Vote the More Convenient Way

Santa Fe opens all voting centers to all residents for Tuesday's city election

In an effort to make voting more accessible across the city, the Santa Fe municipal election features 12 new voting convenience centers, where anyone who's registered in the city limits can cast a ballot from 7 am to 7 pm during the Tuesday contest for city council seats and the municipal judge

"It's not precinct-specific anymore or district-specific," City Clerk Yolanda Vigil says. "So say you work downtown, but you live over near the Genoveva Chavez Center, you can go to any of them. … No matter where you are throughout the day, you can go to one of these sites."

The voting centers are located at:

1.  Montezuma Lodge, 431 Paseo de Peralta

2.  Gonzales Community School, 851 W Alameda

3.  St. John the Baptist Catholic Church, 1301 Osage Ave.

4.  Atalaya Elementary School, 721 Camino Cabra

5.  St. John's United Methodist Church, 1200 Old Pecos Trail

6.  Christian Life Church, 121 Siringo Road

7.  El Camino Real Academy, 2500 South Meadows Road

8.  Sweeney Elementary School, 4100 South Meadows Road

9.  Southside Library, 6599 Jaguar Drive

10. Nava Elementary School, 2655 Siringo Road

11. Kearny Elementary School, 901 Avenida de las Campanas

12. Genoveva Chavez Community Center, 3221 Rodeo Road

Bigger cities in the state, including Albuquerque and Rio Rancho, have already switched to this model. It eliminates confusion over exactly where a voter is registered and therefore should cast a ballot, avoiding the need to shuffle them from place to place, according to Vigil. Instead, voters give their names, and a ballot specific to their district will be printed for them to mark.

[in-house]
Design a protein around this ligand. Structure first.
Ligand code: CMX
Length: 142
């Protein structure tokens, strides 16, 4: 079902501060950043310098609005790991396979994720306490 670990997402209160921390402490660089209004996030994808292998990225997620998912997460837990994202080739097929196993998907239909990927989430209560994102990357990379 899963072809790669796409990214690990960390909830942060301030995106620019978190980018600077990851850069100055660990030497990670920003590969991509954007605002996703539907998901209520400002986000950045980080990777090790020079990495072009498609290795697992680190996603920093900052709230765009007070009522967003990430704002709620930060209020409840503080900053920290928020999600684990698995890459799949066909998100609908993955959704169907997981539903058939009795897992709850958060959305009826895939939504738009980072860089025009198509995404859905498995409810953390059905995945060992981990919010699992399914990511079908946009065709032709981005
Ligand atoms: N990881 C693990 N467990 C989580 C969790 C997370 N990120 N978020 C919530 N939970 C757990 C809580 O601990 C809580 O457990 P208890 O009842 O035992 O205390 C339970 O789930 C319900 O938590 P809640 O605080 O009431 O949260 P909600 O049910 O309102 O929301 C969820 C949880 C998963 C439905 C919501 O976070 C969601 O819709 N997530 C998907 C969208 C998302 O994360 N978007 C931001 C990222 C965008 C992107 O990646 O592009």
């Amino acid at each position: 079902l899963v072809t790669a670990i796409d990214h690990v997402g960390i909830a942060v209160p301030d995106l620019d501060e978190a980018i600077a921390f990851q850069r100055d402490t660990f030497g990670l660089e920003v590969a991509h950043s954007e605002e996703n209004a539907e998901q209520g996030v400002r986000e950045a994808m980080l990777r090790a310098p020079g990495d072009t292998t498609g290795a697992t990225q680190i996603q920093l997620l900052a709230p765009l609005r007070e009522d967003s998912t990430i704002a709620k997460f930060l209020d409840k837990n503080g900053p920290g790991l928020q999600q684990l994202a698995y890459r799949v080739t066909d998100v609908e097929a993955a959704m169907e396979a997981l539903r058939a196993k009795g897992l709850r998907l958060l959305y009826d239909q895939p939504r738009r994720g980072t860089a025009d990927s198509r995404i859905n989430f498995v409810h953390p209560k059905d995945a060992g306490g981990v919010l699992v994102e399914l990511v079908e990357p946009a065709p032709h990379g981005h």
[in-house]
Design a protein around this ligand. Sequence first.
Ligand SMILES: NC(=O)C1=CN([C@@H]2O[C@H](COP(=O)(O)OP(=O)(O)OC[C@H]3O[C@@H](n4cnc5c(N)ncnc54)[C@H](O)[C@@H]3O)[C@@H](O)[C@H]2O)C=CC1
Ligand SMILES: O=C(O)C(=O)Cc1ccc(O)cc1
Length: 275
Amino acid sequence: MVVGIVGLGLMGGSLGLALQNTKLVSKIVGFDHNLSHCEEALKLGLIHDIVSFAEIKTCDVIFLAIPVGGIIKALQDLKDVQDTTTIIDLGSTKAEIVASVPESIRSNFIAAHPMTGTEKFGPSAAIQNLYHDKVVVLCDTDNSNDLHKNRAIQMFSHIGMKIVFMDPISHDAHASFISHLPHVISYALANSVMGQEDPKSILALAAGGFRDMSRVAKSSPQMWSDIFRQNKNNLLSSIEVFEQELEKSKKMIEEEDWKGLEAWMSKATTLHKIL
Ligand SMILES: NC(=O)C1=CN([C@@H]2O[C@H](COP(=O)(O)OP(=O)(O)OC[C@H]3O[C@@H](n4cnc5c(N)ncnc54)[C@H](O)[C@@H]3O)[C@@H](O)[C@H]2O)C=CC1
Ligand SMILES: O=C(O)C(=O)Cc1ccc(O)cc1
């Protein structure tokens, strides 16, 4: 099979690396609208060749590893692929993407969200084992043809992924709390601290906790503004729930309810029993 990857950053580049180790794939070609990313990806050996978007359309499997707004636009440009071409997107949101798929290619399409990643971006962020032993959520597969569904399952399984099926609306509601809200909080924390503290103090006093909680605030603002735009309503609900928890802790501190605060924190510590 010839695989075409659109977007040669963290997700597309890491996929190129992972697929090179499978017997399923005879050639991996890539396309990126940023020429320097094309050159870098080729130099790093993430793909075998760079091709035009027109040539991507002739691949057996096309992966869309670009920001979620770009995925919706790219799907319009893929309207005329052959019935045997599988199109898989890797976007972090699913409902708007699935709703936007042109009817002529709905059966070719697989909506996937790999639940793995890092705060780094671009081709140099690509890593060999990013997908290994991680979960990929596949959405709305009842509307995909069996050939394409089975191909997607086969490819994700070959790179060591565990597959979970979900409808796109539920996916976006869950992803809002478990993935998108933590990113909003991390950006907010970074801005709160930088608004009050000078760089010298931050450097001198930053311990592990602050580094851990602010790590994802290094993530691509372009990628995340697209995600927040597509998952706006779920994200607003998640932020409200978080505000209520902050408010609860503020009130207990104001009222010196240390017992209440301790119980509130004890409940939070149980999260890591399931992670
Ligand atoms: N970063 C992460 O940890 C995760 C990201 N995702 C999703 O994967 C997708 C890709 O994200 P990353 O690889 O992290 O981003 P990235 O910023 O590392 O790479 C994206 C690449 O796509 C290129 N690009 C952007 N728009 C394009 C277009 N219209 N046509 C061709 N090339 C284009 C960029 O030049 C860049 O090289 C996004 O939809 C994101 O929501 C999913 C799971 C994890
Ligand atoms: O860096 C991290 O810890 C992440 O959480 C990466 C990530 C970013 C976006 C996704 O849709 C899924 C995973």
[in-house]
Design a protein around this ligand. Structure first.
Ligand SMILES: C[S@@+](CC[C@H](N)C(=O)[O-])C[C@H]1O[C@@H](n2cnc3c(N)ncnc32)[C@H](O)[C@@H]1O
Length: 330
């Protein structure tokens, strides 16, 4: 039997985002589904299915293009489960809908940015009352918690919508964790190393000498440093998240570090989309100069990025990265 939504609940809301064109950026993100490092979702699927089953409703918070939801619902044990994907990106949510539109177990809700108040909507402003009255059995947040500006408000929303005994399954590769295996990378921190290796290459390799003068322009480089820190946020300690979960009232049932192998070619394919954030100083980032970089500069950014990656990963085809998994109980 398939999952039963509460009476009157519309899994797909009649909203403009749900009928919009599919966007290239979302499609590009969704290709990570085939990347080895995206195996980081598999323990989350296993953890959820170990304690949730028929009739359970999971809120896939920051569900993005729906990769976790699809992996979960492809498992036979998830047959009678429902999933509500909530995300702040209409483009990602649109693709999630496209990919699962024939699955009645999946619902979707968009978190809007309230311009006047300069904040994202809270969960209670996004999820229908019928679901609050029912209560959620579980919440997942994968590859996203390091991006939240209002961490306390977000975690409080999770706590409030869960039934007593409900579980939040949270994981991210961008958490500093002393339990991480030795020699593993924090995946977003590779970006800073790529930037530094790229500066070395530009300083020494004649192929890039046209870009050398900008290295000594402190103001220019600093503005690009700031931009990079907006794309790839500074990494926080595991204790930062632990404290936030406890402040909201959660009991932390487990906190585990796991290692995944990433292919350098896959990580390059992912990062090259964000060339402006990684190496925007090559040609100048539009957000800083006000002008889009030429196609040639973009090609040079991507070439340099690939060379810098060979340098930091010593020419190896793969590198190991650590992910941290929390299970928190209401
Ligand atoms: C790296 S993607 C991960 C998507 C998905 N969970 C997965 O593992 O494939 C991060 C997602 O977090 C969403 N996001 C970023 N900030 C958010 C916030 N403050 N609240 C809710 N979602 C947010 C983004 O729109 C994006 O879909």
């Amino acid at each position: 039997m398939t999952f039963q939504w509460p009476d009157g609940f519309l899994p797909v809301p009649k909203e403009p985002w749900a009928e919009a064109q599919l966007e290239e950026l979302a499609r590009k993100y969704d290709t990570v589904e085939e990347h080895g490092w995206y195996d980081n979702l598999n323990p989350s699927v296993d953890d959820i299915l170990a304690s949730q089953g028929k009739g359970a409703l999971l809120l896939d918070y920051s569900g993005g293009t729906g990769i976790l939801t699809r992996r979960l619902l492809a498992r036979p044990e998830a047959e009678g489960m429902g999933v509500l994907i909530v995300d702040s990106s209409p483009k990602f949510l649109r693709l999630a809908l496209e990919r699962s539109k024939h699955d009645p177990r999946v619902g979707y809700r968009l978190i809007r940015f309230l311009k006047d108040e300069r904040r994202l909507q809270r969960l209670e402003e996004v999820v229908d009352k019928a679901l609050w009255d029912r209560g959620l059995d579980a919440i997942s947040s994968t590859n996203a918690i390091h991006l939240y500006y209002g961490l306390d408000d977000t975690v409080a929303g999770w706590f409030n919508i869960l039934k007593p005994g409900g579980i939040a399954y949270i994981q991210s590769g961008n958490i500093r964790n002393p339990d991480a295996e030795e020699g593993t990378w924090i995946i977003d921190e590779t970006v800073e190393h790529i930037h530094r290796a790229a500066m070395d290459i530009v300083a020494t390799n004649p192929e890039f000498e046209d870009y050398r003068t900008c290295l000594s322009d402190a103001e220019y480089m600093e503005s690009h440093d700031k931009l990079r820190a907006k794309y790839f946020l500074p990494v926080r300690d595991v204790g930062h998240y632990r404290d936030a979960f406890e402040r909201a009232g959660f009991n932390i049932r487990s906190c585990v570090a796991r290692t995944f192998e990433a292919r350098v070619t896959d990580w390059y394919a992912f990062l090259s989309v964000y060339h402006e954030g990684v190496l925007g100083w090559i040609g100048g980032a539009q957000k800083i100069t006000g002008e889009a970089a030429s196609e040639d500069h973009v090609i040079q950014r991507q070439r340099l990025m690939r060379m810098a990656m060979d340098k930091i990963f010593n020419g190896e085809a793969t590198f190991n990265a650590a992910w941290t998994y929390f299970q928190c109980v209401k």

Santa Fe Trails buses are also free all day to ease transportation options.

All voters should have received a map of the voting convenience centers in the mail; questions can be directed to the city clerk's office at 955-6326, 955-6519, 955-6520 or 955-6521.

Early voting results show about 1,662 ballots have already been cast, with an even split between City Hall and the Genoveva Chavez Community Center. That's less than the last mayoral election, but more than the last municipal judge's race, Vigil says.

Election results will be broadcast on Comcast Channel 28 and will be posted in council chambers at City Hall after polls close at 7 pm. With ballot boxes from only 12 sites, instead of 33 locations, to count, Vigil says those results may come out even faster than usual.

Two candidates, Ignacio Gallegos and Virginia Vigil, are running for the judge seat. Incumbent councilors Peter Ives and Chris Rivera are set to sail to another term in Districts 2 and 3, since no one is opposing their re-election, and in District 4, Michael Harris is stepping up to fill the seat Bill Dimas is vacating. In District 1, four candidates are on the ballot: Kathryn Kennedy, a partner at Skylight Santa Fe; Renee Villarreal, a former planning commission member; returning candidate Marie Campos, who was recently redistricted from District 3 to District 1; and Frank Montaño, a former city councilor and school board member.

Santa Fe Reporter

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